Uusi kotimaa avautuu anna hakala syksy 21

New home country opens up when you explore together

No matter what part of the world they are from, people coming to Finland are puzzled by our endless forests, dark winters and light summers. Many are surprised to see how much space we have. Finland’s unique natural conditions are striking in the countryside. Most immigrants find their way to urban communities, following friends to a more familiar lifestyle. The countryside, however, has universal attractions to offer. Could it be that if you really want to become Finnish, you should move to the countryside?

Immigration is one solution to a sustainability deficit and a distorted care-taking relationship attributable to ageing. As for the vitality of rural areas, new inhabitants provide a long-awaited boost to regional economy. Entrepreneurs bring diversity to services, and even a village school may survive if new school-age children move to the area. Integrating immigrants into rural communities is not just an economic issue, however. Many cultural factors come into play.

Lack of competence is a major challenge to integration. On the one hand, more language skills and cultural knowledge are needed where immigrants are concerned. On the other hand, people receiving new arrivals often do not know how to meet new inhabitants and how to help them get started. Traditionally, village associations and other local organisations receive newcomers, and at best, they help the newcomers put down roots in the village and ensure that the new inhabitants’ skills are put to good use in the community. Lack of a common language and common habits make these efforts more difficult, but successful training also enriches life in rural communities. Immigrants are a boost to many villages.

Immigrants were targeted in the development projects funded by the EU’s Agricultural Fund for Rural Development earlier, but the need for project support grants took a leap forward in 2015. Currently, over a dozen integration projects are ongoing or about to be launched. In addition, immigrants are mentioned as a target group in several other projects. The Agricultural Fund for Rural Development supports primarily people who have already received a residence permit, i.e. people planning to put down roots in their new home country.

Common themes in projects funded by the Agricultural Fund for Rural Development include services and the use of IT in services and everyday life in general, communality, culture and creative industries, starting one’s own business, and hobby activities for children and young people. All these can advance immigrants’ integration.
The Agricultural Fund for Rural Development’s support for development projects can be applied for by communities, such as municipalities, associations, organisations and cooperatives. If you are planning a project, you are advised to contact an ELY centre or a local Leader group.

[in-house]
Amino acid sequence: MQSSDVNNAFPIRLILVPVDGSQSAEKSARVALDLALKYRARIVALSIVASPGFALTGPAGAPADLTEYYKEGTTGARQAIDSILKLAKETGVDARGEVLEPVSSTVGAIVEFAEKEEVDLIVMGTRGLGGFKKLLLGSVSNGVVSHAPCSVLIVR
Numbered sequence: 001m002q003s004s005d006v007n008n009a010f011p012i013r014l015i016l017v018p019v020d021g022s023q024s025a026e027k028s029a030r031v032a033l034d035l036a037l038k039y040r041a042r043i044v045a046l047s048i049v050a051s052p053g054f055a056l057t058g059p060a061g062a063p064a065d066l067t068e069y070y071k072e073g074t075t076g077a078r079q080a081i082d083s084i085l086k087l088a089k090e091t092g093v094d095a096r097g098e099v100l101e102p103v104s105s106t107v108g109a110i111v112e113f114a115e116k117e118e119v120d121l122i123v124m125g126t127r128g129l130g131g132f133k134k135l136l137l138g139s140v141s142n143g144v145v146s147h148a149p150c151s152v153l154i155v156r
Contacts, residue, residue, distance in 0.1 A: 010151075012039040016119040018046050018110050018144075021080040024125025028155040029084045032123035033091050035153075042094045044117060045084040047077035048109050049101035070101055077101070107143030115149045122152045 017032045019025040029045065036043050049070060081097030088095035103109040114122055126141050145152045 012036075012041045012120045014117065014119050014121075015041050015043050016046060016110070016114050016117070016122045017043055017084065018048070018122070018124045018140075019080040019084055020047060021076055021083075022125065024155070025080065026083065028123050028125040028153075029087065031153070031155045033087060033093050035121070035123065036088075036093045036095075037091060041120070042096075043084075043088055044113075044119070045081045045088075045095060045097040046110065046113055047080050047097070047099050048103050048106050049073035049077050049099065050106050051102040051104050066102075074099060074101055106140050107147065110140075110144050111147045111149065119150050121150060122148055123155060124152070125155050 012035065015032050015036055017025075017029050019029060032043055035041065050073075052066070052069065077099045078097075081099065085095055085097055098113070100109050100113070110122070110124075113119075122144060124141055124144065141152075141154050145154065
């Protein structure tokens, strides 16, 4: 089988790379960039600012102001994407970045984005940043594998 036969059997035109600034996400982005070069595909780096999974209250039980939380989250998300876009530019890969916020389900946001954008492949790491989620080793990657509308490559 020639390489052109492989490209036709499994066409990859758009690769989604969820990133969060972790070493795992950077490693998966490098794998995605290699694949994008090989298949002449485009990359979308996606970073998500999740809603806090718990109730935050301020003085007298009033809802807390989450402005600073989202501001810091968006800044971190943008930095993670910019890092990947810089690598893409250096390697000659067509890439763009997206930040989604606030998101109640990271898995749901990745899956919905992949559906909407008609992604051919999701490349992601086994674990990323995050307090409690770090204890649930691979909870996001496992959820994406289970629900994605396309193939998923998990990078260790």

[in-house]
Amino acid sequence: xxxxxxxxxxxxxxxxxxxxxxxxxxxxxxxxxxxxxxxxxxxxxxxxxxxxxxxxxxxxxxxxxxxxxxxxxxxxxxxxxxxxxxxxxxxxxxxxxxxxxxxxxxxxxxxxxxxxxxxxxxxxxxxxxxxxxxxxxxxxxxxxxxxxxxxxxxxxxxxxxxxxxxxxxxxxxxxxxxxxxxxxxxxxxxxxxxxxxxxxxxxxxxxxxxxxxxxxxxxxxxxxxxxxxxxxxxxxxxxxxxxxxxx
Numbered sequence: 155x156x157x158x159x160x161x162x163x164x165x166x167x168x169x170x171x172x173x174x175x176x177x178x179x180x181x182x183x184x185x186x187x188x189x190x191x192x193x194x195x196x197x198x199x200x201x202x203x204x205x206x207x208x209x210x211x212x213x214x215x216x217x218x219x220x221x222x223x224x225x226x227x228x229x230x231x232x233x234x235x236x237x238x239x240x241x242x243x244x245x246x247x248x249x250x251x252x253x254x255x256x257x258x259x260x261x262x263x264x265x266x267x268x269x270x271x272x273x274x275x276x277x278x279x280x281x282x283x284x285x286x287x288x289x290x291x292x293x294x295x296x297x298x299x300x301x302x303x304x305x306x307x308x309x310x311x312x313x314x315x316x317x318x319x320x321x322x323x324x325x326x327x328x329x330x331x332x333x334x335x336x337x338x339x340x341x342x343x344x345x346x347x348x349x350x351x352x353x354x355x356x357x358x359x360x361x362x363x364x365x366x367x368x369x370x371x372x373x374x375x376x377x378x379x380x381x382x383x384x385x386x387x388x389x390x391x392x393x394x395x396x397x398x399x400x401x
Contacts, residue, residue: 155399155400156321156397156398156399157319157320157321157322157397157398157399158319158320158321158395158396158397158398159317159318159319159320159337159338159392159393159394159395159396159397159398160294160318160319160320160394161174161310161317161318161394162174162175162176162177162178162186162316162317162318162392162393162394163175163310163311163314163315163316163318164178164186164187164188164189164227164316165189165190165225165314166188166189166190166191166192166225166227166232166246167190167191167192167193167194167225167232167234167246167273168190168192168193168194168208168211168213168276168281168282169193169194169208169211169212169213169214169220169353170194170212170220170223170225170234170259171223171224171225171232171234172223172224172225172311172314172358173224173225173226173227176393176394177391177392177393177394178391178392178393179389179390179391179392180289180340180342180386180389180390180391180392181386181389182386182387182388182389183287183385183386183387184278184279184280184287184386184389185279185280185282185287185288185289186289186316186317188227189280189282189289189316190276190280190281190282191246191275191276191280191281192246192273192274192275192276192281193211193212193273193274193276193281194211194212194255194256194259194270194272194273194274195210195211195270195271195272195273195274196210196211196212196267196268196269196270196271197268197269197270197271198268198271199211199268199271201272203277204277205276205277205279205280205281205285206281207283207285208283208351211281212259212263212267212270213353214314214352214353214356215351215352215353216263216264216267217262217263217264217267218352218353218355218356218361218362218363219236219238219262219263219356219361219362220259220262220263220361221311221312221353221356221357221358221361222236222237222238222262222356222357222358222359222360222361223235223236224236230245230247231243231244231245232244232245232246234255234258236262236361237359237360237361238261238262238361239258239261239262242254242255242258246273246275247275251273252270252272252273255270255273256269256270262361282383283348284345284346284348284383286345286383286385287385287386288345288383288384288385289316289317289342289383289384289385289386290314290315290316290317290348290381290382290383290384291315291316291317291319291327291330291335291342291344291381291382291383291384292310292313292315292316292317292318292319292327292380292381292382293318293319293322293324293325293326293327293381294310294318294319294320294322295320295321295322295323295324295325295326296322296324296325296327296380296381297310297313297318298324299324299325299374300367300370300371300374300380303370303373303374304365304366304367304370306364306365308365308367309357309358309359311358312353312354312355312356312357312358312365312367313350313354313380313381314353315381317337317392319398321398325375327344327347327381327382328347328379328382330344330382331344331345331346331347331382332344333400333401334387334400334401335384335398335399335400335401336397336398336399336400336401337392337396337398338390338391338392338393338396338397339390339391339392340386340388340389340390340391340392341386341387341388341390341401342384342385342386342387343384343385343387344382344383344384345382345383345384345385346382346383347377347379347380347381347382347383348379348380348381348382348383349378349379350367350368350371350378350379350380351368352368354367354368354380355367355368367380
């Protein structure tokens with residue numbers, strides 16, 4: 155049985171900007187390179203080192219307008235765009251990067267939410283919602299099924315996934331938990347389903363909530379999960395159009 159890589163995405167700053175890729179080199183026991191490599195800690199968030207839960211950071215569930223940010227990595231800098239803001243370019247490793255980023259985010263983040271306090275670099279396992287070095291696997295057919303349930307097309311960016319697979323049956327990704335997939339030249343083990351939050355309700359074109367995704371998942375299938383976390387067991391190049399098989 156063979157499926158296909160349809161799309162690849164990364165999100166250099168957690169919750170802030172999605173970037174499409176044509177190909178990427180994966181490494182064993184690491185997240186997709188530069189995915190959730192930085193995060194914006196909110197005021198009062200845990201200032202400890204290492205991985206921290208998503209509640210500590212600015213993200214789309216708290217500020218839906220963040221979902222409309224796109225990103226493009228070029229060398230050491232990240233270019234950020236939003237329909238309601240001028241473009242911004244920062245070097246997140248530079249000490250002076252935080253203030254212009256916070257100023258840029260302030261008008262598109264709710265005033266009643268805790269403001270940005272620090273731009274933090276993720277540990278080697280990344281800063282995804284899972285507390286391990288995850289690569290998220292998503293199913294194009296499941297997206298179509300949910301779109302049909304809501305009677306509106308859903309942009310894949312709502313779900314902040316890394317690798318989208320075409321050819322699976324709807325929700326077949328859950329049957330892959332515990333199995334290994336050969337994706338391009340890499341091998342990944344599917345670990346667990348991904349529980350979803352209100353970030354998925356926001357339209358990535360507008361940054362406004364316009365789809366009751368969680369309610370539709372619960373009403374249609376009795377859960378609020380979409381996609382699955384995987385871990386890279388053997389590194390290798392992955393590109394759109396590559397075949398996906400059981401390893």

Finnish people’s relationship to nature opens up in the company of a ‘pilot’
Challenges posed to integration in rural communities include employment and the availability of training. In small communities, good cooperation between local players is necessary to meet such geography-based challenges. It can be done, but then there are the huge forests that appear strange and frightening, the dark autumns and the coldness, none of which encourage you to go outdoors.

In Fell Lapland, people have started turning fears and uncomfortable issues into well-being and comfort. “The lives of us living in Lapland are tied to nature. That is what we can offer”, says project coordinator Anna Hakala. Hakala is leading a recently launched project (Vastaanottava Tunturi-Lappi) the aim of which is to help people who have come with immigrant status to stay and put down roots in the Kolari−Kittilä area. “We will do our best to help immigrants feel at home. Not just to get a job but also to make contacts that will make them want to stay”, says Hakala, describing the aim of the project.

The project by the Union of Rural Education and Culture trains Finnish-born people of local associations to act as environmental ‘pilots’, to accompany immigrants outdoors into the natural environment and acquaint them with their new surroundings. “You may experience things differently when someone is with you showing their own way of moving around and telling you why the forest or the fell is so very important”, says Hakala.

Funding available for integration projects
Asylum, Migration and Integration Fund (Ministry of the Interior)
European Social Fund (Ministry of Employment and the Economy)
European Regional Development Fund (Ministry of Employment and the Economy)
Agricultural Fund for Rural Development (Ministry of Agriculture and Forestry)
Fund for European Aid to the Most Deprived (Ministry of Employment and the Economy)
Funding is also provided, for example, by parishes, different organisations (such as the Finnish Red Cross), the Ministry of Education and Culture, the Ministry of Employment and the Economy, and RAY.

Date updated: Feb 17, 2020
Text: Annukka Lyra
Image: Anna Hakala